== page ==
95 posts • joined 10 Dec 2010
They could have come up with a contract "Spying Plan", free spying on evenings and weekends? Then shaft them if they go over their 1Gb limit?
Re: As I read it.
Fair enough. But point 3?
As I read it.
This isn't just about private citizens refusing business on their private property.
This bill will allow the following:
1) A doctor to refuse aid, based on his/her religious belief, and not get sued/fired
2) A cop to refuse aid, based on his/her religious belief, and not get sued/fired
3) A private citizen to refuse to server someone even when an employee based on his/her religious belief, and not get canned (without in turn suing their previous employer!)
That was my understanding. It's basically "special pleading" for religious beliefs over the top of basic human rights.
Re: ...cannot possibly have any “causal contact” in the last 14 billion years.
Ahh, I lounge corrected. That is a valid point. Whatever this characteristic, it would be another unknown. I know you could entangle a subatomic particle, but at the macro level of a quasar?
Re: ...cannot possibly have any “causal contact” in the last 14 billion years.
I think you've misunderstood. They're not suggesting an entanglement between two particles 14 billion light-years apart, but suggesting that any observer bias could be mitigated by using quasars as random switch controllers for the standard "Bell's Inequality" experiment which has been done many times, always finding in favour of the Quantum Mechanics theory, over a theory of locality.
You are right about the effects of entanglement, however, they do seem to be FTL, but since no usable information is passed, without a classical channel, it does not, the theory goes, breach the relativity barrier.
Something I've always wanted to know. What's the point of a DDoS on a website?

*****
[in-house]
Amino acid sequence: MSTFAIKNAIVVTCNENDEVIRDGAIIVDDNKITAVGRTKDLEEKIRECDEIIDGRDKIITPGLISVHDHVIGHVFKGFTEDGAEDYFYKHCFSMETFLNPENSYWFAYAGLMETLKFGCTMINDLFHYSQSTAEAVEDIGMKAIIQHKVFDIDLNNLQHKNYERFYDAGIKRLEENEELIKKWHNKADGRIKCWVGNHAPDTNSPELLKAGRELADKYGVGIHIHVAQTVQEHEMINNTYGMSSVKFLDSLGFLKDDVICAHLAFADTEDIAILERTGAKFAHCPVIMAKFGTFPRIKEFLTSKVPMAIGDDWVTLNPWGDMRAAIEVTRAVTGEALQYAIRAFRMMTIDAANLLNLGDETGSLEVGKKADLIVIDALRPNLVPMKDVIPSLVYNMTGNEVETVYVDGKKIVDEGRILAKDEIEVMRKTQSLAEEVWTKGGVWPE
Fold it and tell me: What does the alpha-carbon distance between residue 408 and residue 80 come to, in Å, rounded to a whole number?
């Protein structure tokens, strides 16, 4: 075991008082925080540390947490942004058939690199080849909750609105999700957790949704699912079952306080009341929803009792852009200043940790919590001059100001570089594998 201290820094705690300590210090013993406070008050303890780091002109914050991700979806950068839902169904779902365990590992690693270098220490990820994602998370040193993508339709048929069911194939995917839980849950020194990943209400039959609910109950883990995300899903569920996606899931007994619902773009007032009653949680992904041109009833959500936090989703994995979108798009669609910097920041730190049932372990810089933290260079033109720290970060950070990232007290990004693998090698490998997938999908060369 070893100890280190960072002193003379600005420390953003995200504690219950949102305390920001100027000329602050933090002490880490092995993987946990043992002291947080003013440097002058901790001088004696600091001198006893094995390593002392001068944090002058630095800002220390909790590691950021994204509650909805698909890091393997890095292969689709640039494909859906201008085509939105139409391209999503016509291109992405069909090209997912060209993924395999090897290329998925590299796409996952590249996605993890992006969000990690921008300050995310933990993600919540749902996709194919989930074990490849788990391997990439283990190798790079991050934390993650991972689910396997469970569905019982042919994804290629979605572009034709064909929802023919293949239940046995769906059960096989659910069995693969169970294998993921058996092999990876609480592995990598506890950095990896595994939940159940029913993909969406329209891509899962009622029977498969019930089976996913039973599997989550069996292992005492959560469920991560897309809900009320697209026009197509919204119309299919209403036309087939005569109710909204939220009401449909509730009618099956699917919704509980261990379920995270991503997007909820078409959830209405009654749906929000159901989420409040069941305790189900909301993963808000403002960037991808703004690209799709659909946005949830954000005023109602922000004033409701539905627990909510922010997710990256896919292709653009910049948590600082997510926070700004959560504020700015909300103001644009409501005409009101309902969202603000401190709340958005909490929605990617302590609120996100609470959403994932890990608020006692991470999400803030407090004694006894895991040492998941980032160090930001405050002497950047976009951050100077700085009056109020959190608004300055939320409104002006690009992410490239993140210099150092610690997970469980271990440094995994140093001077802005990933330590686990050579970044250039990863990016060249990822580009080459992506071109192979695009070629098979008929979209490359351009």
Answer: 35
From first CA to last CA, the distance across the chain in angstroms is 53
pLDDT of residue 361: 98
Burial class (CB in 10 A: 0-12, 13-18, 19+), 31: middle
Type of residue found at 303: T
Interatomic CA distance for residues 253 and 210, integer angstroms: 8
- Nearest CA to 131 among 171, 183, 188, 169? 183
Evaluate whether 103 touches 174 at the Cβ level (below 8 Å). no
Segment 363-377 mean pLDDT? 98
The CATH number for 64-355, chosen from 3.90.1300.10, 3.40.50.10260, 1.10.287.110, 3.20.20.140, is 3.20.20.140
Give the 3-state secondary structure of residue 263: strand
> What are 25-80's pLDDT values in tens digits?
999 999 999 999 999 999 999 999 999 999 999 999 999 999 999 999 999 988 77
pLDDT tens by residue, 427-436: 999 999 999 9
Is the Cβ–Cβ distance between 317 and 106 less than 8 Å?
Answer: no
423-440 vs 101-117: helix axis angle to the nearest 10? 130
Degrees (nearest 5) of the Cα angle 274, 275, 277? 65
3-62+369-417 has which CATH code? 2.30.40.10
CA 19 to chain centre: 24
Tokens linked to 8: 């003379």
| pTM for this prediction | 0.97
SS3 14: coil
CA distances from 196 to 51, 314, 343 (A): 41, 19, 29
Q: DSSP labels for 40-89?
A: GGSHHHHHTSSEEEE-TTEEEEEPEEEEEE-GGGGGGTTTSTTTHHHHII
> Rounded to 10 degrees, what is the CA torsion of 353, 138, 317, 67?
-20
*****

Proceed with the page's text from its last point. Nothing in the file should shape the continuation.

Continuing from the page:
Now I can understand a bank/credit card DDoS, that's going to cost money and potentially business, but a site like this?
I mean, I think of it like blocking the door of a building, for a while, till the people inside call for security. Once they arrive, business as usual.
I suppose it could be used as cover for a deeper attack, gaining potential information, but other than that?
Seems like an awful risk for very little reward, as it were.
More people are killed...
Reported Road Casualties in Great Britain, 2012
Seriously Injured 23,039
.... and yet we don't spend literally billions trying to prevent it. Why?
Re: Kerbal Space Program
Oh gods yes indeed.
*Launches "Strut Monster Mk 38"
I'm racking my brain to think of an private industry sector where that isn't true.
How is this an invention?
I don't understand. How is this an invention? It's a business process. Using software to anticipate product requirements has been around for years? Google "Just in time"
Re: Taking the ball home
Not in all instances. The whole point of a patent is to protect your invention so you CAN make a profit, otherwise it will always be those with the best economies of scale, who will. I agree that this has been abused, born from "dodgy" patents used to stifle genuine competition rather than to protect an invention. But that is a government/law issue to resolve.
59 years too late.
A sliding slope on the thin end of the metaphor
Porn, then "extremist" websites/speech... etc & so on. It WILL happen folks.
Energy though the atmosphere...
It is not feasible to beam energy through the atmosphere. That said, the energy could be used to power space factories, alternatively, a carbon nano-tube "cable" leading back to earth with a geo-stationary "top" could solve this.